4. Matching Tarps with the Right Tie-Downs Empowers Safer Trucking
Tie-downs are anything that attaches to anchor points designed to secure your load. In theory, chains, wire, rope, and straps are all devices you can use to secure your lumber.
Tying-down your flatbed truck load properly can save your life—or someone else’s. Because it’s so vital to road safety, there are laws and ordinances that regulate how to tie down a load, and with what.
The Federal Motor Carry Safety Administration’s regulation 393.102 “requires that chain, wire rope, synthetic webbing, cordage, and steel strapping meet minimum manufacturing standards.” A lumber load needs, at minimum, two straps securing the load within the first 10 feet, and at least one strap every ten feet after that.
But how can you match your lumber tarps with the right straps or tie-ons?
First, know your tie-downs’ combined working load limit. The combined Working Load Limit (WLLL) rating of all your straps combined needs to equal at least one-half of the weight of your lumber load. If you know the weight of your lumber load is high, that rules out certain tie-downs.
Second, factor in how rip-resistant your chosen tarp is. Some lightweight tarps are more prone to tears, especially when they’re held tight against lumber with sharp edges.
This doesn’t mean you can never use lightweight Poly Tarps with lumber. It just means that, if you do, you’ll want to consider avoiding chains as a tie-down, since chains cause more friction than straps, and using edge protectors to give your tarp extra protection.
On the other hand, if you have heavyweight vinyl tarps to portect your lumber, there’s a wider variety of tie-down options that might suit your needs and comply with FMCSA regulations.
5. Repairing Lumber Tarps Doesn’t Have to Break the Bank
To repair your damaged lumber tarp, you can get everything you need in a low-cost tarp repair kit.
Our kits include HH-66 Thinner, which you can use to clean your vinyl tarp and your vinyl cement patch. There’s also high-quality tarp repair tape, which is for quick repairs of rips and tears; vinyl cement; a grommet-replacement kit that includes a hole-cutter and a cutting block; and 8oz Vinyl Polyester fabric to cut patches from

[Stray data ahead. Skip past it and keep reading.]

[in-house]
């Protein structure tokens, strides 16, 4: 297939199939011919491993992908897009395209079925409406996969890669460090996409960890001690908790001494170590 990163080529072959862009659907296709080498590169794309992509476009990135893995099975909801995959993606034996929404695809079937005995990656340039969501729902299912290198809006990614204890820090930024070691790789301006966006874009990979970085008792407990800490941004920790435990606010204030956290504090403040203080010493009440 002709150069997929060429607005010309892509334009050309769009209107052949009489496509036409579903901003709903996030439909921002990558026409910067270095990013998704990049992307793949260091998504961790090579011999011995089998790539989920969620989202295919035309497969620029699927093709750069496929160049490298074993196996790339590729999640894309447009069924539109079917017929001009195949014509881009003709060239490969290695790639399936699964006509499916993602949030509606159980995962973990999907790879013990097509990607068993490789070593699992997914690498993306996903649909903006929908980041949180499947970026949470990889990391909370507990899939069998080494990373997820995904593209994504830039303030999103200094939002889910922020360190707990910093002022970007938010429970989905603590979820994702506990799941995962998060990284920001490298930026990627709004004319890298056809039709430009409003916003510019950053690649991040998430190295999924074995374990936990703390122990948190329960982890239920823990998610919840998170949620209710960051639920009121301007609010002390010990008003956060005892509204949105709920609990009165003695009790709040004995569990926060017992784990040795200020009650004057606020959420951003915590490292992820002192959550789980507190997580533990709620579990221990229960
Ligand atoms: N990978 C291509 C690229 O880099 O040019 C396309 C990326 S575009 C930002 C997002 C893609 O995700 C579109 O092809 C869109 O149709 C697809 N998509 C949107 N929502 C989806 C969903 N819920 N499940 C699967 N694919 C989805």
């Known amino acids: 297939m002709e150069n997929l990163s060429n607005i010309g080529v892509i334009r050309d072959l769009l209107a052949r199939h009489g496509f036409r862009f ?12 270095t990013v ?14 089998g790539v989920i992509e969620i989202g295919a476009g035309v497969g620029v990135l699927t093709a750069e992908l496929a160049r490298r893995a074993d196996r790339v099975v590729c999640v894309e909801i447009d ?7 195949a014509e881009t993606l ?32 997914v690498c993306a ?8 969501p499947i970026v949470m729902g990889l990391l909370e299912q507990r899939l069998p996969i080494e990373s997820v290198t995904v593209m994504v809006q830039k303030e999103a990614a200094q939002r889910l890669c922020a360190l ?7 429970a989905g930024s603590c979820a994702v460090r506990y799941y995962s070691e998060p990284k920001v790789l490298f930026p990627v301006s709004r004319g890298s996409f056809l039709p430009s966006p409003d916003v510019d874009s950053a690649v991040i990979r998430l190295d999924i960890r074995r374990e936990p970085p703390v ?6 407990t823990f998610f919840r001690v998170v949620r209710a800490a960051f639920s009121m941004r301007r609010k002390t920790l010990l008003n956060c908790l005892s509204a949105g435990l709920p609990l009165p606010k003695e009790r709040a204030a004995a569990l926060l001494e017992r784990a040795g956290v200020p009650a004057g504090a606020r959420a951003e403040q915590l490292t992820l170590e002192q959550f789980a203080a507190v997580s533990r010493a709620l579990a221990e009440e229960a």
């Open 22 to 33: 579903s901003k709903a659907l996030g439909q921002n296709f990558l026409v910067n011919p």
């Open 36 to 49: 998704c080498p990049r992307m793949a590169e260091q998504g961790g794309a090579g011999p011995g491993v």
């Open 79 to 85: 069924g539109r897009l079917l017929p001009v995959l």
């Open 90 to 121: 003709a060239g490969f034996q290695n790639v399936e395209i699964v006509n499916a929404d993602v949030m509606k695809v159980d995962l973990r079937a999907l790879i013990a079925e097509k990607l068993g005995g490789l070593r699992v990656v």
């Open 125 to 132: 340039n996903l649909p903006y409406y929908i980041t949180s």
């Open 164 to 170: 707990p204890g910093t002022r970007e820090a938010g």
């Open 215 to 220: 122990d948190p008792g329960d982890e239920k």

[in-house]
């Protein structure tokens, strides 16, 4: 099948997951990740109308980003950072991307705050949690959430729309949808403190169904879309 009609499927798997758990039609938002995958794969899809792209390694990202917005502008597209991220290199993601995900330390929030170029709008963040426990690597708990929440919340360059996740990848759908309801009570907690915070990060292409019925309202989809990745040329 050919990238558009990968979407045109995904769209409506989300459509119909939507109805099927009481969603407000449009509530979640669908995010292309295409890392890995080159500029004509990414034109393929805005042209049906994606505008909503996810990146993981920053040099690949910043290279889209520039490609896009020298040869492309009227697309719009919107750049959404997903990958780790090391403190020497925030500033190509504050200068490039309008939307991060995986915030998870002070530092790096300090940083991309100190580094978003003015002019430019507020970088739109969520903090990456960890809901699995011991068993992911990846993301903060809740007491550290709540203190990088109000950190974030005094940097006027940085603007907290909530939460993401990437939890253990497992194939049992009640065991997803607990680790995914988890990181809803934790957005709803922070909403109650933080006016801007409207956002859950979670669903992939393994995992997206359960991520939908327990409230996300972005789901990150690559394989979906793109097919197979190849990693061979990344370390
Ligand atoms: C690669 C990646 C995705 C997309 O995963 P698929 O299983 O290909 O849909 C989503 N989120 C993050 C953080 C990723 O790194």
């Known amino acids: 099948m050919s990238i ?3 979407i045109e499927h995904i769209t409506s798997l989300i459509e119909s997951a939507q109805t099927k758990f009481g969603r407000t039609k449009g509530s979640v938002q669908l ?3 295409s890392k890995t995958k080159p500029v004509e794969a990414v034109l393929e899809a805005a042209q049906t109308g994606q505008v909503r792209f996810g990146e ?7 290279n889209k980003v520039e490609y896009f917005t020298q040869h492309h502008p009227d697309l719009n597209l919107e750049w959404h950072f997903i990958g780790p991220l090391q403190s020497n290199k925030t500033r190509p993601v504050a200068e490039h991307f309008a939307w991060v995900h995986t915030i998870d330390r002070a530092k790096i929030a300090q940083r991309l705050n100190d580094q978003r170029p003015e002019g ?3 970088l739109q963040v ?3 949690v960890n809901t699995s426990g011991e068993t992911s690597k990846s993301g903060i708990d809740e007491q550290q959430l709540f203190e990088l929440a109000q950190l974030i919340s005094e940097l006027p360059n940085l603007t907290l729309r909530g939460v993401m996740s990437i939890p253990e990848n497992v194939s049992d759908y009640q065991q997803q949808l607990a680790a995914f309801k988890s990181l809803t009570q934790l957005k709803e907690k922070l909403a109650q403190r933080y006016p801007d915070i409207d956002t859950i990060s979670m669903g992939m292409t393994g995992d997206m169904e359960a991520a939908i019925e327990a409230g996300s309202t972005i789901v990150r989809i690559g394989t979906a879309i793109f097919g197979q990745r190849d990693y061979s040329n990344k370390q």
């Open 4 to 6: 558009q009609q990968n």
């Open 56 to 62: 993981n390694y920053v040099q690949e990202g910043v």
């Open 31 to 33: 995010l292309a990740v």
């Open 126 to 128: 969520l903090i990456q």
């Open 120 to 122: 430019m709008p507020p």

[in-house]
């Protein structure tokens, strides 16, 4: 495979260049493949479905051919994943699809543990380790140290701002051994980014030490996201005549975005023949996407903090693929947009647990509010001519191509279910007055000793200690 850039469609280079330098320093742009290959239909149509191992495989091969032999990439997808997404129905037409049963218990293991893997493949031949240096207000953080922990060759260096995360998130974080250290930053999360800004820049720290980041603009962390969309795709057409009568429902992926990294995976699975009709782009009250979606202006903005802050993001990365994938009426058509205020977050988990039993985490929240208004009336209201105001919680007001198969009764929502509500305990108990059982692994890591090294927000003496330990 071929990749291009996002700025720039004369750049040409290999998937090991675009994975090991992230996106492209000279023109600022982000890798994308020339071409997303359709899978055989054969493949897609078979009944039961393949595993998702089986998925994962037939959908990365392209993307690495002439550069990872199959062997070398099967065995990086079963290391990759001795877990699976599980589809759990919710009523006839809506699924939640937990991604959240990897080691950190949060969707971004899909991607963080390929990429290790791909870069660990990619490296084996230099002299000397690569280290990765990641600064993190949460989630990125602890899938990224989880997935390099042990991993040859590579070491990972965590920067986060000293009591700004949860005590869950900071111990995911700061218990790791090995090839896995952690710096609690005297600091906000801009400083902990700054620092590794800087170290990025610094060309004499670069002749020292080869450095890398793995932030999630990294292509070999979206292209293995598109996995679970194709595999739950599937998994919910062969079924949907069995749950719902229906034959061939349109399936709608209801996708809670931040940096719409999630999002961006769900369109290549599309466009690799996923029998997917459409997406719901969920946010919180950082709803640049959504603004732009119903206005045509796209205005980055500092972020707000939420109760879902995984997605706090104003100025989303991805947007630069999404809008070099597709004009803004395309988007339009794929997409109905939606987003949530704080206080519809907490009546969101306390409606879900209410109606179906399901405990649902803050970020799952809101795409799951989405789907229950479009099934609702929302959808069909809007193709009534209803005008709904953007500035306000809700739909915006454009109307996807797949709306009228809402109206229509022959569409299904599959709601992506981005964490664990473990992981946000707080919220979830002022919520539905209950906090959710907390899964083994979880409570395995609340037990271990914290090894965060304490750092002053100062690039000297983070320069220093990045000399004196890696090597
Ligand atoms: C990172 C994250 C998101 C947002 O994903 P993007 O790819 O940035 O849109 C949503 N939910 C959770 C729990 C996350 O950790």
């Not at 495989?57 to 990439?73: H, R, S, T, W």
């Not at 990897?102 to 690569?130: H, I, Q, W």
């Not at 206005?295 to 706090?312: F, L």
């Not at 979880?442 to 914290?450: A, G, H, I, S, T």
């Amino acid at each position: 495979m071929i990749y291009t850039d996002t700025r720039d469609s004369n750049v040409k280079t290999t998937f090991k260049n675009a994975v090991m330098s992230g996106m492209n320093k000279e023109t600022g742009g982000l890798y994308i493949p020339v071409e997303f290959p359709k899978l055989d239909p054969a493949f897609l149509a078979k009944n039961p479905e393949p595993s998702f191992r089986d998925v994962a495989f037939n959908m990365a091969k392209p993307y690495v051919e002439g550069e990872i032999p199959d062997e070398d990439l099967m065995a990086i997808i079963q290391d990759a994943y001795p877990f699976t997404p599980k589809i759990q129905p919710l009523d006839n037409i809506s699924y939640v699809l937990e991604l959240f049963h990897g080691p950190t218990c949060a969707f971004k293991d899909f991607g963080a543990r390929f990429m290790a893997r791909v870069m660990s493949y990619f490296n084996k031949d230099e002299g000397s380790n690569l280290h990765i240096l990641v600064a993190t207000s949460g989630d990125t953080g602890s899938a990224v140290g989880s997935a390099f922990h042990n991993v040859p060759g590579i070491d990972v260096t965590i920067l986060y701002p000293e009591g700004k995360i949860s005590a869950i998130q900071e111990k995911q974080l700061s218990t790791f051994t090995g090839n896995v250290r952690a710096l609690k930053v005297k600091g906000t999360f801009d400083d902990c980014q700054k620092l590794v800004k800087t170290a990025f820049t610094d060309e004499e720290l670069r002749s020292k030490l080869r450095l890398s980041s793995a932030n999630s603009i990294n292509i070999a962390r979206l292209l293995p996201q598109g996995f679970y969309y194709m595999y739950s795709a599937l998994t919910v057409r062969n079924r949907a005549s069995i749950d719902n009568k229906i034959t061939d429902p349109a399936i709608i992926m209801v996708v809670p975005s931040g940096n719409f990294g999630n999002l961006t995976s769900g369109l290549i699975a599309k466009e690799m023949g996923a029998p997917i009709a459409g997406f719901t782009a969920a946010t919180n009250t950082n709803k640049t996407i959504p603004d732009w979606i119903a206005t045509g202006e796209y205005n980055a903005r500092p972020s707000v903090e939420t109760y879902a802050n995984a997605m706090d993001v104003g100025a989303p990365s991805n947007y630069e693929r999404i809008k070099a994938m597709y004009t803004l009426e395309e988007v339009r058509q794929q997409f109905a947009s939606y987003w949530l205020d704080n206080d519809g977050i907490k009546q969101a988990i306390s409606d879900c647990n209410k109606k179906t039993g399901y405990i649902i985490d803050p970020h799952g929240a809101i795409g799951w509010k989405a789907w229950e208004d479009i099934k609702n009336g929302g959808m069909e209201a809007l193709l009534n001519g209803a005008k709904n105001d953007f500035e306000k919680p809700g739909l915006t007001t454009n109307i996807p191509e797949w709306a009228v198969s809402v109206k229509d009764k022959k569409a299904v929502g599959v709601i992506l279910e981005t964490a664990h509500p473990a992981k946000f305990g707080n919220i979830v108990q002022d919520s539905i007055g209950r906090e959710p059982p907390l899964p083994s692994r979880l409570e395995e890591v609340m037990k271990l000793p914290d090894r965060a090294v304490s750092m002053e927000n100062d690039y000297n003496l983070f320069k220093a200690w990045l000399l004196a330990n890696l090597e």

6. Tarp Colors Can Help You Differentiate Rolled Tarps
If you have a variety of tarps for different loads (for example, lumber tarps, steel tarps, and machinery tarps) it saves you time and effort when you can grab the rolled tarp you need out of storage right away, without having to unroll it to check if it’s actually the tarp that matches your current haul.
If all your tarps are the same color, it can become easy to confuse them, especially if they’re rolled up and have gotten dirty.
So, it can be worthwhile to buy each of your tarps in a different color: red steel coil tarp, black lumber tarp, green machinery tarp, etc. That way, it will be easy to recognize on sight which tarp your need to pull out for which haul.
Some truckers also use different tarp colors when they purchase 3-piece sets. All the pieces of a 3-piece set are the same size, but it’s important that the side tarps are on the side, not the middle. If you accidentally unroll and try to secure a side tarp over the middle of your load, you’ll have to undo that work and start over.
To prevent accidentally wasting time this way, you can buy side tarps and middle tarps in different colors.
7. You Can Get High-Quality Lumber Tarps at Affordable Rates
It can cost a lot to get a high-quality product. Fortunately, here at MyTee, we have a wide selection of high quality lumber tarps for sale—the same products you trust, 22% less than the other guy!
Explore our variety of flatbed truck tarps for lumber, including parachute tarps, lightweight tarps, heavy duty tarps, superlight tarps, and our convenient double-flap tarps in every level of durability.
Why not start with our Heavy Duty 18oz Vinyl, 8’ Drop Lumber Tarp, only $295?
You Can Get Lumber Tarps Anywhere in the United States and Canada
It can be tough for Canadian flatbed truckers to find the materials they need at the price they can afford. Fortunately, you can get your favorite Mytee lumber tarps delivered to you anywhere in the United States and Canada.
Hopefully, you’ve got a start now to figure out what type works best for your lumber hauling needs.
If you have more questions, either regarding lumber hauling safety or any of our product specifications, please contact us!
Call Us: 1-888-705-8277,
Email Us: [email protected]
Remember, at Mytee Products, we’re here so you can [Haul Safe. Earn More.]